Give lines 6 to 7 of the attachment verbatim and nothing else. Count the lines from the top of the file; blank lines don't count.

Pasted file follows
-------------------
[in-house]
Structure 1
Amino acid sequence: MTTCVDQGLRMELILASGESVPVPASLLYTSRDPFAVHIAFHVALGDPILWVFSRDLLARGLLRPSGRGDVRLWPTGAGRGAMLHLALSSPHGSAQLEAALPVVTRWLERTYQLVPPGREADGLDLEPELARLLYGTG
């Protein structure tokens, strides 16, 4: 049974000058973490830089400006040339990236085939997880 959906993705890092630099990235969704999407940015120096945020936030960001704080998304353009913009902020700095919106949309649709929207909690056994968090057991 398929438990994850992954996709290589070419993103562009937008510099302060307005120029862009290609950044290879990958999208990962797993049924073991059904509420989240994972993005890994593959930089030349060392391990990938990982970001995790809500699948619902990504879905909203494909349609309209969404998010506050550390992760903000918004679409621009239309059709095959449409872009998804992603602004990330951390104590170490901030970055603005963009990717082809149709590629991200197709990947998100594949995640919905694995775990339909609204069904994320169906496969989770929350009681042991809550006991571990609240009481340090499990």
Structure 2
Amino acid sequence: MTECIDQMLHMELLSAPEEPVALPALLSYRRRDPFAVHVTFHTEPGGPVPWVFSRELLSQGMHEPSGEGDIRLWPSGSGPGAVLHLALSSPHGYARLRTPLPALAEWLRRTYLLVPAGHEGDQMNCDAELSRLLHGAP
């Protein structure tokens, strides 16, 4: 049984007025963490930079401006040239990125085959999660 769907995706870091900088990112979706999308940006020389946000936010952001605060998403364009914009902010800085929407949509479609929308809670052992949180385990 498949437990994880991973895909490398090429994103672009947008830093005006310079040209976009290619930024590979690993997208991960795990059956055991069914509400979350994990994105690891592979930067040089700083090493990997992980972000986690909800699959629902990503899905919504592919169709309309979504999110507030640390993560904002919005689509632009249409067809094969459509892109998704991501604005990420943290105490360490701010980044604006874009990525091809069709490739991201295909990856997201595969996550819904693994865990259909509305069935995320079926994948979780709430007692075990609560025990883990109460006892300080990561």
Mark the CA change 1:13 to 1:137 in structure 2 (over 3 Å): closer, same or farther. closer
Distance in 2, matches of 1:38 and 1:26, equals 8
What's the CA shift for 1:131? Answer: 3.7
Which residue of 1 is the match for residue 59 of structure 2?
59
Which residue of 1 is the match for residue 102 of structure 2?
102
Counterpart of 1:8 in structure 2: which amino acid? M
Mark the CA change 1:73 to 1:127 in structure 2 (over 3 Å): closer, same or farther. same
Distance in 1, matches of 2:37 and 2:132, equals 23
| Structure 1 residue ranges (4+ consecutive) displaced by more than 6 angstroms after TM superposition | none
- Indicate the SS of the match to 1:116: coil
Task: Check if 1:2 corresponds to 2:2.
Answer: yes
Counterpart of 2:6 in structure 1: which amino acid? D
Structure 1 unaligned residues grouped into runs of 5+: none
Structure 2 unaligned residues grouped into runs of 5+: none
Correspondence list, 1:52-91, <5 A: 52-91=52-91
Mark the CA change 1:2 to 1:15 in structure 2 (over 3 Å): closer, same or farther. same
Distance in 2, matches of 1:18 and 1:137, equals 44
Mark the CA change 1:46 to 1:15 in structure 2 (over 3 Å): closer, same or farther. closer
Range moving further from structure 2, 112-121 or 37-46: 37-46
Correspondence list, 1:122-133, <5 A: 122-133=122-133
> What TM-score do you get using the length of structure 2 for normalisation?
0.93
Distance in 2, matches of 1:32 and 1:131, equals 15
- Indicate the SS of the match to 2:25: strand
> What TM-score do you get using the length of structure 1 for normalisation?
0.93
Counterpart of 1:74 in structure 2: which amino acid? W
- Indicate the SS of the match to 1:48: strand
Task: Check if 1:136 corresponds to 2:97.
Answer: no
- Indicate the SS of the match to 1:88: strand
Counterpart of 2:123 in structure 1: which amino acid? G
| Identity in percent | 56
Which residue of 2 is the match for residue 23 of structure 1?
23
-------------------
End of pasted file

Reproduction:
Amino acid sequence: MTECIDQMLHMELLSAPEEPVALPALLSYRRRDPFAVHVTFHTEPGGPVPWVFSRELLSQGMHEPSGEGDIRLWPSGSGPGAVLHLALSSPHGYARLRTPLPALAEWLRRTYLLVPAGHEGDQMNCDAELSRLLHGAP
């Protein structure tokens, strides 16, 4: 049984007025963490930079401006040239990125085959999660 769907995706870091900088990112979706999308940006020389946000936010952001605060998403364009914009902010800085929407949509479609929308809670052992949180385990 498949437990994880991973895909490398090429994103672009947008830093005006310079040209976009290619930024590979690993997208991960795990059956055991069914509400979350994990994105690891592979930067040089700083090493990997992980972000986690909800699959629902990503899905919504592919169709309309979504999110507030640390993560904002919005689509632009249409067809094969459509892109998704991501604005990420943290105490360490701010980044604006874009990525091809069709490739991201295909990856997201595969996550819904693994865990259909509305069935995320079926994948979780709430007692075990609560025990883990109460006892300080990561």